Rare works by 17th century French artist coming to the Met

Valentin de Boulogne (French, Coulommiers-en-Brie 1591-1632 Rome). 'Samson,'1630-31. The Cleveland Museum of Art, Mr. and Mrs. William H. Marlatt Fund.

Valentin de Boulogne (French, Coulommiers-en-Brie 1591-1632 Rome). ‘Samson,’1630-31. The Cleveland Museum of Art, Mr. and Mrs. William H. Marlatt Fund.

 

NEW YORK – The Metropolitan Museum of Art will present “Valentin de Boulogne: Beyond Caravaggio,” a major exhibition that will run Oct. 7 through Jan. 16.

The greatest French follower of Caravaggio (1571–1610), Valentin de Boulogne (1591–1632) was also one of the outstanding artists in 17th-century Europe. In the years following Caravaggio’s death, he emerged as one of the most original protagonists of the new, naturalistic painting.

“Valentin de Boulogne: Beyond Caravaggio” will be the first monographic exhibition devoted to this artist who is little known because his career was short-lived—he died at age 41—and his works are rare. Around 60 paintings by Valentin survive, and this exhibition will bring together 45 of them, with works coming from Rome, Vienna, Munich, Madrid, London, and Paris. Exceptionally, the Musée du Louvre, which possesses the most important and extensive body of Valentin’s works, will lend all of its paintings by the artist.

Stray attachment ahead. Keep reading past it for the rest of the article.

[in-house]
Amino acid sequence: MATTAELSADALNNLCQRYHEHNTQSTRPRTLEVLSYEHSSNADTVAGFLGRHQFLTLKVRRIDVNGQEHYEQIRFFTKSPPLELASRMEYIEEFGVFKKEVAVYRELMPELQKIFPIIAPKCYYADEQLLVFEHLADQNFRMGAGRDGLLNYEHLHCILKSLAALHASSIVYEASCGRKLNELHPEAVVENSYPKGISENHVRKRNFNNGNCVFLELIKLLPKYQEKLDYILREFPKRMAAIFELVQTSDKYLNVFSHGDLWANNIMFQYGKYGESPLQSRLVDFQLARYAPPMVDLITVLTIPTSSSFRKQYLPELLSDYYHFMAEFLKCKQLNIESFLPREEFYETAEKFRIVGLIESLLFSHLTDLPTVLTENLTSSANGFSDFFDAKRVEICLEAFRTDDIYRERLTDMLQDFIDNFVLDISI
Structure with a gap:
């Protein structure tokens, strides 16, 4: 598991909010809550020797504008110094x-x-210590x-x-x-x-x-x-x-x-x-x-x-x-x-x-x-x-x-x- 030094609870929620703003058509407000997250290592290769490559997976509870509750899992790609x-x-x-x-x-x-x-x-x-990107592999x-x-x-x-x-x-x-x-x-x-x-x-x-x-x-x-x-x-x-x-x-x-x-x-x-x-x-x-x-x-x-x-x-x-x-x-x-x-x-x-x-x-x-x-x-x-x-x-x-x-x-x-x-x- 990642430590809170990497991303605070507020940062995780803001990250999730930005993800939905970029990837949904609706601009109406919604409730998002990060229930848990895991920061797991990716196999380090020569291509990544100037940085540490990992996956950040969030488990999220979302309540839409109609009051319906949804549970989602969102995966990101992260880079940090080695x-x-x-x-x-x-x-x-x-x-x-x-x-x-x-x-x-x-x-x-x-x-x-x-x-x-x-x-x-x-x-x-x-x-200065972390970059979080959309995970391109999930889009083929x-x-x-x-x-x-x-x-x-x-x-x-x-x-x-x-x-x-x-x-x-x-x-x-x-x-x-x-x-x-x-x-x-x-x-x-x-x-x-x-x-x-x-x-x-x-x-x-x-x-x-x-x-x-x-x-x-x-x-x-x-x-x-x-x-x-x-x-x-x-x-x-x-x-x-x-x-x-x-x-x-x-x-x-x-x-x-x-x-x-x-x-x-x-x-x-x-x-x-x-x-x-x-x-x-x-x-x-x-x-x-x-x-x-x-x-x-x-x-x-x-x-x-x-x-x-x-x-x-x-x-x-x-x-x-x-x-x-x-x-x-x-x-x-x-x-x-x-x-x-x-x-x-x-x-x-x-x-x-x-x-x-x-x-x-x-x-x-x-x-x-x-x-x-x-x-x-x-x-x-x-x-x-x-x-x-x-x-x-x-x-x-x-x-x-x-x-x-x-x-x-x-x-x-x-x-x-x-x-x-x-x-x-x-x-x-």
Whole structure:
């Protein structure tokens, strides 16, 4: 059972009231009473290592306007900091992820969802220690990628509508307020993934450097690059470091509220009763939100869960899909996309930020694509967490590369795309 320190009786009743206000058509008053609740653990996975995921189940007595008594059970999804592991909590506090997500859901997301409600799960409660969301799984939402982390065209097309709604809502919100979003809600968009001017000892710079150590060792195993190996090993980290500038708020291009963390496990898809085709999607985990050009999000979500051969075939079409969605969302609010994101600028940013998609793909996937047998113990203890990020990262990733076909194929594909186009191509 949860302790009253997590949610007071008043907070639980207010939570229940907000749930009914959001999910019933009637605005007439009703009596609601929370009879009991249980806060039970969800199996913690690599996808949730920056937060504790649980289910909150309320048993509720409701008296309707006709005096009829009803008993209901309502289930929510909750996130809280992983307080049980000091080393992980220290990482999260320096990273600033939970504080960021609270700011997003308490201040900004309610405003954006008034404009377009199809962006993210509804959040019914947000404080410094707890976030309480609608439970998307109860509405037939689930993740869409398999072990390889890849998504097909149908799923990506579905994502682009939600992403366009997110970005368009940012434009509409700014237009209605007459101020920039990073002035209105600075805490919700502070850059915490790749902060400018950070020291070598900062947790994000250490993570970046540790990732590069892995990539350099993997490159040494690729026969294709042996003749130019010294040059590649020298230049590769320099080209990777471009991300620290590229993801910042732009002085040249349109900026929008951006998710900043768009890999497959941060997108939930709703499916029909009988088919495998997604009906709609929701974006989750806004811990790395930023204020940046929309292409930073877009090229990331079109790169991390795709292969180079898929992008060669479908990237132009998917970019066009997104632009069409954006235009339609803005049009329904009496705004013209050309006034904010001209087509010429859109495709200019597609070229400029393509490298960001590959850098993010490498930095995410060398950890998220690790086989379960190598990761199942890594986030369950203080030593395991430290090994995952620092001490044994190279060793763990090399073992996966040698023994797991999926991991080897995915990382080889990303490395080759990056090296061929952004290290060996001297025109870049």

The exhibition is organized by The Metropolitan Museum of Art and the Musée du Louvre.

Not since 1973, when an exhibition of the French followers of Caravaggio was held at the French Academy in Rome and at the Grand Palais in Paris, has there been an attempt to bring the achievements of this extraordinary painter before a large public. Therefore, this exhibition will be a landmark event not only for scholars and students, but also for art lovers, who will discover one of the giants of French painting. Although he is not well known to the general public, Valentin has long been admired by those with a passion for Caravaggesque painting. His work was a reference point for the great realists of the 19th century, from Courbet to Manet, and his startlingly vibrant staging of dramatic events and the deep humanity of his figures, who seem touched by a pervasive melancholy, make his work unforgettable.